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May 4, 2016

Minority Whip Steny Hoyer to be presented with Food & Friends’ Public Servant “Spirit of Caring” Award


Monday, May, 23, 2016 at Chef’s Best: A Taste of Compassion
National Building Museum, Washington, DC 



Food & Friends is honored to present U.S. Congressman Steny Hoyer (D), representing the 5th Congressional district of Maryland, with the first annual Public Servant, Spirit of Caring” award. The award will be presented at Food & Friends’ signature event Chef’s Best: A Taste of Compassion presented by AT&T, held on May 23 at the National Building Museum.

The Public Servant “Spirit of Caring” award was established by Food & Friends to honor an elected or other public official for their exemplary leadership in furthering proposals and programs that promote the well-being of all citizens on such issues as: health care, food and nutrition services, or support for those living with HIV/AIDS, cancer or other life-challenging illnesses in their community.

Mr. Hoyer was first elected to Congress in 1981 and is currently the second-ranking figure in House Democratic Leadership.  Representing the 5th Congressional district of Maryland, Congressman Hoyer has been a stalwart champion for thousands of Food & Friends clients and is a proponent of LGBTQ rights. Through his leadership in public office, sponsorship of relevant legislation, and his personal experience with family life-challenging illnesses, Mr. Hoyer has demonstrated a strong and constant commitment to fight for accessibility to health care. 

In 2015, Food & Friends served 2700 clients with 1,016,622 total home delivered meals, with an average of 3,258 meals per day. Food & Friends serves four counties within Rep. Hoyer’s district: Calvert, Charles, St. Mary’s, and Prince George’s counties, reaching 232 clients in 2015 with over 80,000 meals.

Food & Friends’ current client demographics in snapshot:  
·         - 35%  HIV/AIDS / 45%  cancer  / 20%  other  serious illness
·         -  Washington DC  53%   / Maryland  37%   / Virginia 10%

As Food & Friends continues its advocacy efforts to improve the health, nutrition and social isolation of people living with life-challenging illnesses, it is vital to build bridges with concerned policy makers of every political party that promote the mission of Food & Friends.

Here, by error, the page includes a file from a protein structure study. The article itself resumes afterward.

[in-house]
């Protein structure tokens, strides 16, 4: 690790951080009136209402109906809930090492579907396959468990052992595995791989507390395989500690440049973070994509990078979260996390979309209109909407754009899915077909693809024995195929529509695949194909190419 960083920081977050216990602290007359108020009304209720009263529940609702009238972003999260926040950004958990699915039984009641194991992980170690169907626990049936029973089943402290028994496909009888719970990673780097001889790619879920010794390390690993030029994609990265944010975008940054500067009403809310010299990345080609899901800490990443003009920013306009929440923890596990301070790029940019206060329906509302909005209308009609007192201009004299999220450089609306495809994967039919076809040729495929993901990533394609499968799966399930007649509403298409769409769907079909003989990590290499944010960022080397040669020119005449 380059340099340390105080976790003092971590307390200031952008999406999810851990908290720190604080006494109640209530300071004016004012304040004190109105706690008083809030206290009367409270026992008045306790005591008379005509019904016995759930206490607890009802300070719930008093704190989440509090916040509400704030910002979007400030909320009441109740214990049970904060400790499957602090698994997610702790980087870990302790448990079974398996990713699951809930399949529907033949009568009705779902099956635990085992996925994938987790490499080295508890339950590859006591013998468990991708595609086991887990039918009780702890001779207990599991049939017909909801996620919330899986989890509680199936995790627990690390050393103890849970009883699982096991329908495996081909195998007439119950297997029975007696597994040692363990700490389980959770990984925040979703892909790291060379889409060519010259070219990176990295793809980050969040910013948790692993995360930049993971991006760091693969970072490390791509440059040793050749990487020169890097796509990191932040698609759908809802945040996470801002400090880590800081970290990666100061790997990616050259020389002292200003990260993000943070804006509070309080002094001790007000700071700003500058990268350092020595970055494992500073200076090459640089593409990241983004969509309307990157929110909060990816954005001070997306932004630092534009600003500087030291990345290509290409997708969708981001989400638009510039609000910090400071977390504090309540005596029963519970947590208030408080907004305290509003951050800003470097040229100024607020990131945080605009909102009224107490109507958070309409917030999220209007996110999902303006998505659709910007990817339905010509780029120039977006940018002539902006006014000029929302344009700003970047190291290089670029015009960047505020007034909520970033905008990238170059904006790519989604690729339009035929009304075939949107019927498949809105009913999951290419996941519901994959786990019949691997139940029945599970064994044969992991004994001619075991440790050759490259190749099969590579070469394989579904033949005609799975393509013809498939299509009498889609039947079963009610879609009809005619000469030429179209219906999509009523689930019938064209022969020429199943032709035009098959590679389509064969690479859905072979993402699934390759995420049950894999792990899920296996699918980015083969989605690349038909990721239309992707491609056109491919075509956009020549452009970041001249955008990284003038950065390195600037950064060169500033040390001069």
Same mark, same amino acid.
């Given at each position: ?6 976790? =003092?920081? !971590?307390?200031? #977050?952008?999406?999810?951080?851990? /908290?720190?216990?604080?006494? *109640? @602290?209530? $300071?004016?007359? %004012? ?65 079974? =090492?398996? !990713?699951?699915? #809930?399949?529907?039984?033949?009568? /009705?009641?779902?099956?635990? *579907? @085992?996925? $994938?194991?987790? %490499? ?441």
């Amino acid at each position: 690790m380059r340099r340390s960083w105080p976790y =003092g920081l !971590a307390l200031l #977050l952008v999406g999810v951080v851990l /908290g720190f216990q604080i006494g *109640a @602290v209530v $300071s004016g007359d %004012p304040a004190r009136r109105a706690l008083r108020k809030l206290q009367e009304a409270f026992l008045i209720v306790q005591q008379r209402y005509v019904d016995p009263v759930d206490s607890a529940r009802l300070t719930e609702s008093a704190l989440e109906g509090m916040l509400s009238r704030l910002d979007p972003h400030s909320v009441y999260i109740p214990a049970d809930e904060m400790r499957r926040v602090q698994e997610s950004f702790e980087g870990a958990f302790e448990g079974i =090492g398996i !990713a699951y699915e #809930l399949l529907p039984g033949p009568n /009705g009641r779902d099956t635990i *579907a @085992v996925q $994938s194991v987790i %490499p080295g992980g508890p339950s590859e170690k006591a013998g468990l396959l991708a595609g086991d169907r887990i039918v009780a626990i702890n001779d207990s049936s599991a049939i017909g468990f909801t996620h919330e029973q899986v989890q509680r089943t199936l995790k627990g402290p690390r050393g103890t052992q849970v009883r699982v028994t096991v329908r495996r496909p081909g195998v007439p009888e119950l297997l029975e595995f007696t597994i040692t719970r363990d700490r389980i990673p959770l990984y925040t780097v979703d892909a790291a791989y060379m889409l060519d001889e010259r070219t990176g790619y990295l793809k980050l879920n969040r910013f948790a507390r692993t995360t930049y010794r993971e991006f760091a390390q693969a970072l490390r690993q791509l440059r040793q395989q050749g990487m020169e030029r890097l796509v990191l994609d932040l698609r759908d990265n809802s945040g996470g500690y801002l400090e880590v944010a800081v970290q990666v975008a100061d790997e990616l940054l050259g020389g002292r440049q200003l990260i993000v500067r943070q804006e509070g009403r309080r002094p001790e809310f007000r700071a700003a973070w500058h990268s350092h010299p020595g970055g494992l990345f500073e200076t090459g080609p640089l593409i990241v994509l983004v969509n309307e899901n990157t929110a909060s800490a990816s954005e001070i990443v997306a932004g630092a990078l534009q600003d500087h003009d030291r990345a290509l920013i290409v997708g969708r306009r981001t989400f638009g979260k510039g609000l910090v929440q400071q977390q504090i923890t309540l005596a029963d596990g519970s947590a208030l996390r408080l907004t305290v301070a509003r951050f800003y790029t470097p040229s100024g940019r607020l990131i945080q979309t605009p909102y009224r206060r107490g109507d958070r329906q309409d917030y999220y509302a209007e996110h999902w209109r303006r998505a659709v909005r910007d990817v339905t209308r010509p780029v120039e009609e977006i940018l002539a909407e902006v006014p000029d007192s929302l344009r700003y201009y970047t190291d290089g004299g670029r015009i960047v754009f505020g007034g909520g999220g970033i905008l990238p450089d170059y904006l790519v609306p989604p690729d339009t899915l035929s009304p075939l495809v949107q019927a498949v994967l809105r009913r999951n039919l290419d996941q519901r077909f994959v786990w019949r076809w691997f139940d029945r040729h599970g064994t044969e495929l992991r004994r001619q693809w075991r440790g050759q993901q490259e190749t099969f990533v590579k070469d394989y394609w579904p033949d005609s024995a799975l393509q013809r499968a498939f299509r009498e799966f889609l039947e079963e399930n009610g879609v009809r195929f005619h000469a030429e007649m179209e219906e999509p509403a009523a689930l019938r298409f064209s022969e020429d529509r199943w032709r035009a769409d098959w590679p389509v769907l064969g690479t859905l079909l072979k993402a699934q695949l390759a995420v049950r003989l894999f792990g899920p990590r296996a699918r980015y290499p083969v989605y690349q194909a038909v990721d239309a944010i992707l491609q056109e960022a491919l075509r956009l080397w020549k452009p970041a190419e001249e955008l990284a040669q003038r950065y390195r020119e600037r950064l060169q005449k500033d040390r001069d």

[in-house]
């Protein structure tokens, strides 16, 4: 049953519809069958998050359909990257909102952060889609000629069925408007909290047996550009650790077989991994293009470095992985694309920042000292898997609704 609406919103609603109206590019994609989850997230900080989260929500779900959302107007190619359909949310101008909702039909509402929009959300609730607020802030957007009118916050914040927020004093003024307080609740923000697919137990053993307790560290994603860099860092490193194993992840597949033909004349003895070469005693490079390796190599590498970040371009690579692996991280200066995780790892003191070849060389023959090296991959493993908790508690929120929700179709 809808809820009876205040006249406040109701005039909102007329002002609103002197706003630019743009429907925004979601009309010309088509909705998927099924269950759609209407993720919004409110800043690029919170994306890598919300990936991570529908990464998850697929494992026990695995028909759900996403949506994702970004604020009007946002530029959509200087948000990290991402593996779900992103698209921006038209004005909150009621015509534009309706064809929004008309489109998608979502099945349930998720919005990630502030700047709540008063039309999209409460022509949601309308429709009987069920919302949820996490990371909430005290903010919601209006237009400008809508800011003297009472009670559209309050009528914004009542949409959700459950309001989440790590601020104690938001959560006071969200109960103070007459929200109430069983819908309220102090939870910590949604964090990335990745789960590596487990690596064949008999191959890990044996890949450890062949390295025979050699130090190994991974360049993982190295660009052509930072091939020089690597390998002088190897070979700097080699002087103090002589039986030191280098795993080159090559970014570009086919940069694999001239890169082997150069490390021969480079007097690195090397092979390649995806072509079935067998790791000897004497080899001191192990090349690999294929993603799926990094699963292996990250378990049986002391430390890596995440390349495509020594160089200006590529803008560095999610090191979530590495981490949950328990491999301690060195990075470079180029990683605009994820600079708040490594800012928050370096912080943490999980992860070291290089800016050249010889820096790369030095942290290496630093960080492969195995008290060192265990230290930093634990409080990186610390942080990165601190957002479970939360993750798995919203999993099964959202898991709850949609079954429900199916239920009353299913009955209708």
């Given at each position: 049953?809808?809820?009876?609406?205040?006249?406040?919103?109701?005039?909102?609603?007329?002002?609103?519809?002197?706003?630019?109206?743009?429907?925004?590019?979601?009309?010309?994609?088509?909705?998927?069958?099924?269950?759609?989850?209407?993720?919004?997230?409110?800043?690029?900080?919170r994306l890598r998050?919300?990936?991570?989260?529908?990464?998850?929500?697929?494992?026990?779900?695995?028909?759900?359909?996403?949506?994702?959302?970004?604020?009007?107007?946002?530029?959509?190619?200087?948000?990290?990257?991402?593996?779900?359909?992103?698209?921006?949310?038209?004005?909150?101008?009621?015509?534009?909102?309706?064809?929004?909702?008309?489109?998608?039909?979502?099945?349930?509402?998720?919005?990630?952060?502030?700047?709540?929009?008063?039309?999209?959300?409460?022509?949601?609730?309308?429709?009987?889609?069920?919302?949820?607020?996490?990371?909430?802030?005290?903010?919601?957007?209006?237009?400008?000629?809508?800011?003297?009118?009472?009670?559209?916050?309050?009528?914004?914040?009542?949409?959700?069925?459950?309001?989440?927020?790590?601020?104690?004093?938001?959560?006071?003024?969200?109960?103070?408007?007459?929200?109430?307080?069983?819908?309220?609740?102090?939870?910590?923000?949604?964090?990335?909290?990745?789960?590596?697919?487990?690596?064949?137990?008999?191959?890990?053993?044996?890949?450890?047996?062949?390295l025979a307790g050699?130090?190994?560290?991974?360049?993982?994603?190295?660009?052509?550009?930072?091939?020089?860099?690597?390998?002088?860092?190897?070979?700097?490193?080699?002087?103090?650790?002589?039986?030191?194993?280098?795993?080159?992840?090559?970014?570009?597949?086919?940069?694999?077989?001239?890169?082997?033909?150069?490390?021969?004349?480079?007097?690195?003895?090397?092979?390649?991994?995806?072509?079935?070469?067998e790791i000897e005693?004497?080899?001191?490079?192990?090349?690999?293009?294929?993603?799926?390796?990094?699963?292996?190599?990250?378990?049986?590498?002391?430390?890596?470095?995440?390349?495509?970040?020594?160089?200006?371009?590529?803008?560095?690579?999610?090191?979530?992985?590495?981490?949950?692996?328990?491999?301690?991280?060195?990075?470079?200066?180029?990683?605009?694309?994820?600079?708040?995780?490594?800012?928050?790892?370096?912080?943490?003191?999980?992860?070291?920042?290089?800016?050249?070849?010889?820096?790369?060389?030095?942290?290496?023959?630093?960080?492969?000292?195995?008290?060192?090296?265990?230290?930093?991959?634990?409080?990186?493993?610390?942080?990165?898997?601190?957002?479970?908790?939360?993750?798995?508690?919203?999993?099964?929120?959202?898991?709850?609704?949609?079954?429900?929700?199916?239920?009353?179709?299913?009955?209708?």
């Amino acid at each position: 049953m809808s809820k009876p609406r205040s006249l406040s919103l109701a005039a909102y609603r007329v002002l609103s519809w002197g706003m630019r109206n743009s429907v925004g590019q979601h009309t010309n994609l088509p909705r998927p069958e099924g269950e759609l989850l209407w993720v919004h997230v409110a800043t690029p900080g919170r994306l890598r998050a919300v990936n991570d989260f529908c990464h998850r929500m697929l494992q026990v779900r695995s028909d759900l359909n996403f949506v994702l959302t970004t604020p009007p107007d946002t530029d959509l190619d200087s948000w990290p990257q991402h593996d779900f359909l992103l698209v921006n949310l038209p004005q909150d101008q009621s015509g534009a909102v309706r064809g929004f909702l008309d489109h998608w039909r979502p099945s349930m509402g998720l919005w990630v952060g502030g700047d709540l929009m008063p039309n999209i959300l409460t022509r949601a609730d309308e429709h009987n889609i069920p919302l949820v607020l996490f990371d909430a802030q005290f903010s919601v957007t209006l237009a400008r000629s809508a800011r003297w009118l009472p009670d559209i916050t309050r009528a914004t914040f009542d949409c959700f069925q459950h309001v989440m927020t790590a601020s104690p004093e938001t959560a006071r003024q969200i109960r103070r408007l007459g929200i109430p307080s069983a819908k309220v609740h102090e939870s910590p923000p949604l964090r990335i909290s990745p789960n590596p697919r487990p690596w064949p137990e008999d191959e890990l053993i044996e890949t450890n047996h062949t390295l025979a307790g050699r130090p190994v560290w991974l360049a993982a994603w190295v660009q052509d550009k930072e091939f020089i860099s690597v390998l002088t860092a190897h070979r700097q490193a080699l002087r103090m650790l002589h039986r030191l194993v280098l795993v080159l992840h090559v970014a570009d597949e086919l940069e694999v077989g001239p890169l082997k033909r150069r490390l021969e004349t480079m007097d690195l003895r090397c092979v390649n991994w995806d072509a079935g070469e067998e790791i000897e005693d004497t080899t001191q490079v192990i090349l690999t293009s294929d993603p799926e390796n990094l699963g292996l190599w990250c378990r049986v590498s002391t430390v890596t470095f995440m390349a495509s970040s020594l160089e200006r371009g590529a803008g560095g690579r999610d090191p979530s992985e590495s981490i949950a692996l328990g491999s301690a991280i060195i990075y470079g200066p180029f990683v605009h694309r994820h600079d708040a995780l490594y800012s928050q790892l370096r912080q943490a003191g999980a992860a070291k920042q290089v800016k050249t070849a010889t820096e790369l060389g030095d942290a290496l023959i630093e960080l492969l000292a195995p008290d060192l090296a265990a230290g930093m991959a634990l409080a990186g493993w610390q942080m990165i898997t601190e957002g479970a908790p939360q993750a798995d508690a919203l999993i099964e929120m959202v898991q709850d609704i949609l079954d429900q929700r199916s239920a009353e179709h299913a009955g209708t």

The mission of Food & Friends is to foster a community of caring for men, women and children living with HIV/AIDS, cancer and other life-challenging illnesses by preparing and delivering medically specialized meals and groceries in conjunction with nutrition counseling.


April 18, 2016

Food & Friends Board Member Chris Wolf to be Honored at Chef's Best May 23

Since 1994, Chris Wolf has been at the forefront of advancing Food & Friends’ mission. His leadership has led us from the basement of a church to our current 25,000 square foot facility, and from serving only those living with HIV/AIDS to including individuals who are nutritionally at risk due to cancer and other illnesses.


With Chris’ support we changed our delivery schedule to reach more people, added Groceries-to-Go
so we could support the needs of people living outside the beltway, built a strong Board of Directors, and launched the Silver Platter Award to recognize staff that go above and beyond to support our clients.

Through his board leadership, personal support, and efforts to engage many in his vast network, Chris has made a direct impact on the lives of thousands of critically ill children and adults throughout the Washington Metropolitan Area.

For this and so much more, we are proud and honored to present Chris Wolf with the Compassion in Action Award at the 2016 Chef’s Best on Monday May 23, at the National Building Museum. Chef’s Best is one of Washington’s premier nights of philanthropy. As a guest, you can delight in tasting portions from 40 of the region’s best chefs and, as you wine and dine, you’ll have the opportunity to bid on incredible trips, dining experiences, art, and much more. This year’s goal is to raise $1 million! Find out more at www.foodandfriends.org/chefsbest.

The Chris Wolf Tribute Fund
In honor of Chris’ unwavering commitment to Food & Friends, our Board of Directors is establishing “The Chris Wolf Tribute Fund.” Our goal is to raise $250,000 for this fund through this year’s Chef’s Best. The Fund will provide our chefs with state-of-the-art kitchen tools, expand services to people with diabetes, and maintain our fleet of service vehicles.

You can contribute to the Chris Wolf Tribute Fund here.


April 5, 2016

Make Your Reservation on April 28, 2016 - Dine Out for Life!

Fun, Friendship, and Fundraising for Food & Friends

It’s hard to believe, but this is the 20th year of Dining Out for Life, a national event founded to
provide support for the 1 out of every 10 people living with HIV/AIDS in the United States. Food & Friends has enthusiastically participated every year since 1996, soon after the event was founded. In 2015, in 35 cities across the country, 3,057 restaurants participated and raised $4.23 million for HIV/AIDS local services.

It’s a great concept: gather up your friends and family, pick a restaurant that’s participating, have a great meal there together, and part of your bill will be donated to Food & Friends. And you and your friends will have a chance to donate directly to Food & Friends at the end of the evening.

“Dining Out for Life is an opportunity for the larger Food & Friends family to help us and have a lot of fun with their friends at the same time,” said Craig Shniderman, Executive Director of Food & Friends. “Whether you’re a supporter, a volunteer, or just a fan of the work we do, Dining Out for Life is a great way to help us help our neighbors throughout the DC region.”

This year’s local goal is $150,000 that will support nutrition services for our 945 clients living with and battling HIV/AIDS (about 35 percent of all Food & Friends clients).